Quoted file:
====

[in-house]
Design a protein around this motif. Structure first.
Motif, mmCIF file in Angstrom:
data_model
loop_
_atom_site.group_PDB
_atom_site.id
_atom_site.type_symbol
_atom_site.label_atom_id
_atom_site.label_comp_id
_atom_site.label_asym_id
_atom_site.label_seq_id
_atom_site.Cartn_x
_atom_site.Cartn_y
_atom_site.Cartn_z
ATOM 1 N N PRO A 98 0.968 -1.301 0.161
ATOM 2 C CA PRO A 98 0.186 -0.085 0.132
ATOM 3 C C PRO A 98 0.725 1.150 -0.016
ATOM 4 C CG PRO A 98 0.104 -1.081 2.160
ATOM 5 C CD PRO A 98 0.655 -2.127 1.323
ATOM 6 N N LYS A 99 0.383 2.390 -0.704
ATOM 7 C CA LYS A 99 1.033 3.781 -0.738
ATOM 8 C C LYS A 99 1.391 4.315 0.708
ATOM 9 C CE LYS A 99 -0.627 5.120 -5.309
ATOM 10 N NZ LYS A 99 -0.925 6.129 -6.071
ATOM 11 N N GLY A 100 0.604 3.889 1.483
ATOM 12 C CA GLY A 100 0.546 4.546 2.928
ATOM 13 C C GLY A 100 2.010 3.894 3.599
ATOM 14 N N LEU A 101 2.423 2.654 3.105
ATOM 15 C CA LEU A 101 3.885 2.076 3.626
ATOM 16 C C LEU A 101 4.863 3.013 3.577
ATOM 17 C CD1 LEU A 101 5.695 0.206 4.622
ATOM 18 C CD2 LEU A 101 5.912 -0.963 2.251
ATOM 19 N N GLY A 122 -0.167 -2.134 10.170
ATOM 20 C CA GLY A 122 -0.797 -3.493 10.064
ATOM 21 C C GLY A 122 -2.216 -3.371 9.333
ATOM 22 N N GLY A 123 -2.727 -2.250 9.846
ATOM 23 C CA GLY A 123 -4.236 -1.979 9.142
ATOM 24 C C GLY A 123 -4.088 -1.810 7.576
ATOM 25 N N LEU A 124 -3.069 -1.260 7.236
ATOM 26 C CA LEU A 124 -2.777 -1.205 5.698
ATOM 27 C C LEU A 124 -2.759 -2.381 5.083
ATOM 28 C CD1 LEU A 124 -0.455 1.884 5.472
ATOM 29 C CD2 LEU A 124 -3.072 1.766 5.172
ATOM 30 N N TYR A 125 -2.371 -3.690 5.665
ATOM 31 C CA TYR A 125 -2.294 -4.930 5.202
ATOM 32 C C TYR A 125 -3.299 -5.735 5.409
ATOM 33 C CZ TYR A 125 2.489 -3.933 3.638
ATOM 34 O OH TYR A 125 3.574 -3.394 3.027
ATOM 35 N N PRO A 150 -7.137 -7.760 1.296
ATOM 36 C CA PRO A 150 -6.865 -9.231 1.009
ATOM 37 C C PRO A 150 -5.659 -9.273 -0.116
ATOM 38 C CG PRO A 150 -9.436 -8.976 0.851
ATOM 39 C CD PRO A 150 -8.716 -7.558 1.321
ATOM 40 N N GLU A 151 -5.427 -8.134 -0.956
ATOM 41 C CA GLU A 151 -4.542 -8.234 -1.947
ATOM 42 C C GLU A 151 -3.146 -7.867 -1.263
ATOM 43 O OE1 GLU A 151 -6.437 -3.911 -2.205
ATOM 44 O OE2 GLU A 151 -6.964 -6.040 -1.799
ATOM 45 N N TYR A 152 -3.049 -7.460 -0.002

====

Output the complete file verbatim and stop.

[in-house]
Design a protein around this motif. Structure first.
Motif, mmCIF file in Angstrom:
data_model
loop_
_atom_site.group_PDB
_atom_site.id
_atom_site.type_symbol
_atom_site.label_atom_id
_atom_site.label_comp_id
_atom_site.label_asym_id
_atom_site.label_seq_id
_atom_site.Cartn_x
_atom_site.Cartn_y
_atom_site.Cartn_z
ATOM 1 N N PRO A 98 0.968 -1.301 0.161
ATOM 2 C CA PRO A 98 0.186 -0.085 0.132
ATOM 3 C C PRO A 98 0.725 1.150 -0.016
ATOM 4 C CG PRO A 98 0.104 -1.081 2.160
ATOM 5 C CD PRO A 98 0.655 -2.127 1.323
ATOM 6 N N LYS A 99 0.383 2.390 -0.704
ATOM 7 C CA LYS A 99 1.033 3.781 -0.738
ATOM 8 C C LYS A 99 1.391 4.315 0.708
ATOM 9 C CE LYS A 99 -0.627 5.120 -5.309
ATOM 10 N NZ LYS A 99 -0.925 6.129 -6.071
ATOM 11 N N GLY A 100 0.604 3.889 1.483
ATOM 12 C CA GLY A 100 0.546 4.546 2.928
ATOM 13 C C GLY A 100 2.010 3.894 3.599
ATOM 14 N N LEU A 101 2.423 2.654 3.105
ATOM 15 C CA LEU A 101 3.885 2.076 3.626
ATOM 16 C C LEU A 101 4.863 3.013 3.577
ATOM 17 C CD1 LEU A 101 5.695 0.206 4.622
ATOM 18 C CD2 LEU A 101 5.912 -0.963 2.251
ATOM 19 N N GLY A 122 -0.167 -2.134 10.170
ATOM 20 C CA GLY A 122 -0.797 -3.493 10.064
ATOM 21 C C GLY A 122 -2.216 -3.371 9.333
ATOM 22 N N GLY A 123 -2.727 -2.250 9.846
ATOM 23 C CA GLY A 123 -4.236 -1.979 9.142
ATOM 24 C C GLY A 123 -4.088 -1.810 7.576
ATOM 25 N N LEU A 124 -3.069 -1.260 7.236
ATOM 26 C CA LEU A 124 -2.777 -1.205 5.698
ATOM 27 C C LEU A 124 -2.759 -2.381 5.083
ATOM 28 C CD1 LEU A 124 -0.455 1.884 5.472
ATOM 29 C CD2 LEU A 124 -3.072 1.766 5.172
ATOM 30 N N TYR A 125 -2.371 -3.690 5.665
ATOM 31 C CA TYR A 125 -2.294 -4.930 5.202
ATOM 32 C C TYR A 125 -3.299 -5.735 5.409
ATOM 33 C CZ TYR A 125 2.489 -3.933 3.638
ATOM 34 O OH TYR A 125 3.574 -3.394 3.027
ATOM 35 N N PRO A 150 -7.137 -7.760 1.296
ATOM 36 C CA PRO A 150 -6.865 -9.231 1.009
ATOM 37 C C PRO A 150 -5.659 -9.273 -0.116
ATOM 38 C CG PRO A 150 -9.436 -8.976 0.851
ATOM 39 C CD PRO A 150 -8.716 -7.558 1.321
ATOM 40 N N GLU A 151 -5.427 -8.134 -0.956
ATOM 41 C CA GLU A 151 -4.542 -8.234 -1.947
ATOM 42 C C GLU A 151 -3.146 -7.867 -1.263
ATOM 43 O OE1 GLU A 151 -6.437 -3.911 -2.205
ATOM 44 O OE2 GLU A 151 -6.964 -6.040 -1.799
ATOM 45 N N TYR A 152 -3.049 -7.460 -0.002